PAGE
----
With the news that several large technology companies are going to assist in funding critical open source projects such as OpenSSL following the Heartbleed exploit, security experts weigh in on the move.
The Target breach. Account takeover. Mobile banking. Big data analytics. If these terms mean anything to you, then stop right now and give some thought to attending our Fraud Summit in San Francisco on April 29.
Industry analysts are debating why it took retailer Michaels nearly three months to confirm a breach of its point-of-sale network, and they're asking if the breach is linked to others, including those at Target and Neiman Marcus.
A draft of revised guidance from NIST drops a cryptographic algorithm the NSA is said to have used to circumvent encryption that shields much of global commerce, banking systems, medical records and Internet communications.
Two weeks after the launch of Heartbleed.com, traffic to the site remains strong and tweets still flow at a brisk pace. Site creator Codenomicon is helping IT practitioners to mitigate the OpenSSL flaw - and attracting customers, too.
Ellen Richey of Visa, keynoter at the April 29 Fraud Summit San Francisco, outlines key card fraud-fighting trends for the year ahead, including the U.S.'s migration toward EMV, greater use of tokenization and heightened fraud detection.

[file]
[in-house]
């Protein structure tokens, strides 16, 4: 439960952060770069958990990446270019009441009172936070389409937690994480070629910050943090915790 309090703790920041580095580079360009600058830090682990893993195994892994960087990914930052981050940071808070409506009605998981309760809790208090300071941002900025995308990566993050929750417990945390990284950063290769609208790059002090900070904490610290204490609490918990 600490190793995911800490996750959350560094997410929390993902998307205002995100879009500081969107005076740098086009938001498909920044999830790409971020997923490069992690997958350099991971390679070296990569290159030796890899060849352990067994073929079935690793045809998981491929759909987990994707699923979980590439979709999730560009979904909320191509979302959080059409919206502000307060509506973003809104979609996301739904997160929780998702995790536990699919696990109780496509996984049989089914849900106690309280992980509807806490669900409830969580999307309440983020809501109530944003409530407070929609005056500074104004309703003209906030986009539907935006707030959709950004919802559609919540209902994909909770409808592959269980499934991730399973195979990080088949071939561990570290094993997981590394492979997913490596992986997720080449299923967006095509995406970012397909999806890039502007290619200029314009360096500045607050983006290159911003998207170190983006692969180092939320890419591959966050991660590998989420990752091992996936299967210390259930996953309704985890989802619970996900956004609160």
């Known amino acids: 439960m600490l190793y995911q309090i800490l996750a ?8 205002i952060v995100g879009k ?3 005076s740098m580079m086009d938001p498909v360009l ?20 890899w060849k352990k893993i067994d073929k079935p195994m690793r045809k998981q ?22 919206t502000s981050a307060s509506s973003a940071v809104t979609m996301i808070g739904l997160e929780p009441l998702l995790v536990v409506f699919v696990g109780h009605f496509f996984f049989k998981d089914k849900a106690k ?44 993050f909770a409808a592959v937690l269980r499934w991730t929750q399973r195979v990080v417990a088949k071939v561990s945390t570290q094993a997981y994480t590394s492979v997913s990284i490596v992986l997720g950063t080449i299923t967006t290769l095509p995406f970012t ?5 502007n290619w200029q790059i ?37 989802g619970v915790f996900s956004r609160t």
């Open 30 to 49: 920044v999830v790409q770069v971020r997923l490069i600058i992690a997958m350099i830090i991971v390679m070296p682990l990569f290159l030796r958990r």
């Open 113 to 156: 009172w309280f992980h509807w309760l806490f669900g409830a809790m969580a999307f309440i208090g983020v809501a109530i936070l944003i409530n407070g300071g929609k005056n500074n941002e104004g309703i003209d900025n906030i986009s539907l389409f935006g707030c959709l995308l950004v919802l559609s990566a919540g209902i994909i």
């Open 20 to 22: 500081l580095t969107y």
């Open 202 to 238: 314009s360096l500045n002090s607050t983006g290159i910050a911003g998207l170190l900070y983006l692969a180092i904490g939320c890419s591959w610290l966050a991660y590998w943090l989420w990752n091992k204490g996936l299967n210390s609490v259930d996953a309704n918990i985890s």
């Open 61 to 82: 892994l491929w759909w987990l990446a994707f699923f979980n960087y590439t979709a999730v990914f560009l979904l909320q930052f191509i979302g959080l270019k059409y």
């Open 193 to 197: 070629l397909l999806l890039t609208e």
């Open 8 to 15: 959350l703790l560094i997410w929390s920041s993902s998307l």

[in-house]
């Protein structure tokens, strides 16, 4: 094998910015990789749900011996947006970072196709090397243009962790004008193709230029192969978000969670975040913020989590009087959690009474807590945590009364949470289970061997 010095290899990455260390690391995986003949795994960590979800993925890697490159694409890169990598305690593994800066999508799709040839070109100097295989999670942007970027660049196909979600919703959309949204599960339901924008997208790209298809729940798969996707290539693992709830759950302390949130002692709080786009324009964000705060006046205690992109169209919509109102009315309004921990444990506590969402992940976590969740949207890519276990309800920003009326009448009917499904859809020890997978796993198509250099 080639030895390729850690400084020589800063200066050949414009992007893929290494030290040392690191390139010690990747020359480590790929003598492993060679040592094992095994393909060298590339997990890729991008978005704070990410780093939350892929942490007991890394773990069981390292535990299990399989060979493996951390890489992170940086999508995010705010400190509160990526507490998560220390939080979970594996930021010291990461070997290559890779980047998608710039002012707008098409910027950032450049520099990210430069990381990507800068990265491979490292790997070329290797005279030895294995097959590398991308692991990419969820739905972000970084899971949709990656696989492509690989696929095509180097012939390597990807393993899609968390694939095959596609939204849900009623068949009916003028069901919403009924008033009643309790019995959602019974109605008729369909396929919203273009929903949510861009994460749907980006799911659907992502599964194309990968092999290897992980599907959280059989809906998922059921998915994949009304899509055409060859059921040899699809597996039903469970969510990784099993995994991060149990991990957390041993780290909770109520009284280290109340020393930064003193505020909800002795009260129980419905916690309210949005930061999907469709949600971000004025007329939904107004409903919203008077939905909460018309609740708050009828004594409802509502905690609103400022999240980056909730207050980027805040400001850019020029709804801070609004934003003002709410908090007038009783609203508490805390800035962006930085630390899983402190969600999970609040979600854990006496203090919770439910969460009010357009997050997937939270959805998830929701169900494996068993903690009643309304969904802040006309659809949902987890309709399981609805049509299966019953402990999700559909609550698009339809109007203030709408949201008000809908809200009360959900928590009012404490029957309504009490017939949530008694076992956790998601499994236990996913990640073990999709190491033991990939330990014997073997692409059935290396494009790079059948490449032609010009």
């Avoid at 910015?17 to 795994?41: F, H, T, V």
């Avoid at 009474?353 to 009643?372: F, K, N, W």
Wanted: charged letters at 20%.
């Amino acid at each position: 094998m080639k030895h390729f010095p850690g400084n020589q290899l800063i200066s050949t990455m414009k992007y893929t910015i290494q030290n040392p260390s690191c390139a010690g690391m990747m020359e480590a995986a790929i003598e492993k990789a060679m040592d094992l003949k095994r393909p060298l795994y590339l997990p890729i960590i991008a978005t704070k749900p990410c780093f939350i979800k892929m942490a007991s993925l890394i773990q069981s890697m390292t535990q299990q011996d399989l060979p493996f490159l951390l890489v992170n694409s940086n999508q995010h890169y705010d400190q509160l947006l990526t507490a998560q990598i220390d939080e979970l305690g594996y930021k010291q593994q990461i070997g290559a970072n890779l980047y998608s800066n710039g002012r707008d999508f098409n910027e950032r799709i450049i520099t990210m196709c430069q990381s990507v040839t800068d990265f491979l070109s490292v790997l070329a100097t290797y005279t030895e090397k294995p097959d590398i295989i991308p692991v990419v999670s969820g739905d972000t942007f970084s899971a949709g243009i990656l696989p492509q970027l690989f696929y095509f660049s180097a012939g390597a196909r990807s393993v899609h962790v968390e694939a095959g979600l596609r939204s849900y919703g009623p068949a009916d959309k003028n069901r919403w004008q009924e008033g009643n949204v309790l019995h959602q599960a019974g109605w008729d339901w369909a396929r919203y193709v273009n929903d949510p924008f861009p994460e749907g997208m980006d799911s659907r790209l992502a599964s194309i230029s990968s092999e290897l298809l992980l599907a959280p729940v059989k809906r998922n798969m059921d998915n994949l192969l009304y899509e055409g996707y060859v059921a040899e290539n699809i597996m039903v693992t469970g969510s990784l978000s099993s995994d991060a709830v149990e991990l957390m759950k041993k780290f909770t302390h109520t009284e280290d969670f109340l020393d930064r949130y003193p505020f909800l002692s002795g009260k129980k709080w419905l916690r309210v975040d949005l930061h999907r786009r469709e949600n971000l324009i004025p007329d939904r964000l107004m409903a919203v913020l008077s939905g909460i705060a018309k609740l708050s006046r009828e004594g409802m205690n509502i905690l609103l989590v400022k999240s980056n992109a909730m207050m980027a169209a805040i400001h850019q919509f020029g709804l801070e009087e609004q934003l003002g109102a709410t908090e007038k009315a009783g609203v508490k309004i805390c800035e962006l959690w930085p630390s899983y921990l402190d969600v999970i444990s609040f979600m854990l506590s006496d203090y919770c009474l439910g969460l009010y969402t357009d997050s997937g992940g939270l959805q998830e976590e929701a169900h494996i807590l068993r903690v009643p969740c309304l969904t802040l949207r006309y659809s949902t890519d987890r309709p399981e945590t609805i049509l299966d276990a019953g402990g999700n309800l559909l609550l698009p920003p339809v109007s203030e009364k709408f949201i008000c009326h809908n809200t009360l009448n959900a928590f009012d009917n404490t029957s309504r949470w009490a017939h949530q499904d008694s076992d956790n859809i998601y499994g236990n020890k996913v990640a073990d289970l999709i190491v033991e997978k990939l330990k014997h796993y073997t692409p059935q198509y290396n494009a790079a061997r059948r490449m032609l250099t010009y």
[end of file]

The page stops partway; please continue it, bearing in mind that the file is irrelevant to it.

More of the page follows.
Three years ago, trust on the Internet - or the lack thereof - focused, in part, on the faceless hacking groups such as Anonymous and LulzSec. Today, we have a face for this lack of trust, and it looks a lot like Uncle Sam and a Chinese Red Army cybersoldier.
The indictment of nine alleged participants in a fraud scheme that involved infecting thousands of business computers with Zeus malware to steal millions of dollars shows that the malware remains a formidable ongoing threat.
Tech companies continue to respond to the Heartbleed vulnerability by issuing alerts and patches to mitigate potential data compromises. Learn the latest advice from Trend Micro and ICSA Labs, plus updates from Rackspace, Akamai and Bitcoin.
President Obama has reportedly decided that the government shouldn't exploit encryption flaws, such as Heartbleed, in most instances unless there's "a clear national security or law enforcement need." But how should that need be determined?
As news of the Heartbleed bug continues to spread, government agencies in the U.S. and Canada are issuing statements on the vulnerability. Find out the latest on this threat and what thought-leaders are saying.
Analysts say it's easy to believe the Neiman Marcus data breach may be tied to attacks on Heartland Payments Systems Inc. and other entities. But tracking the crimes is one thing; prosecuting is quite another.
Advanced threats are like the weather. Everyone talks about them, but few have a solid defense plan - or even a solid understanding of the threat landscape. Mike Nichols of General Dynamics Fidelis Cybersecurity Solutions offers insight.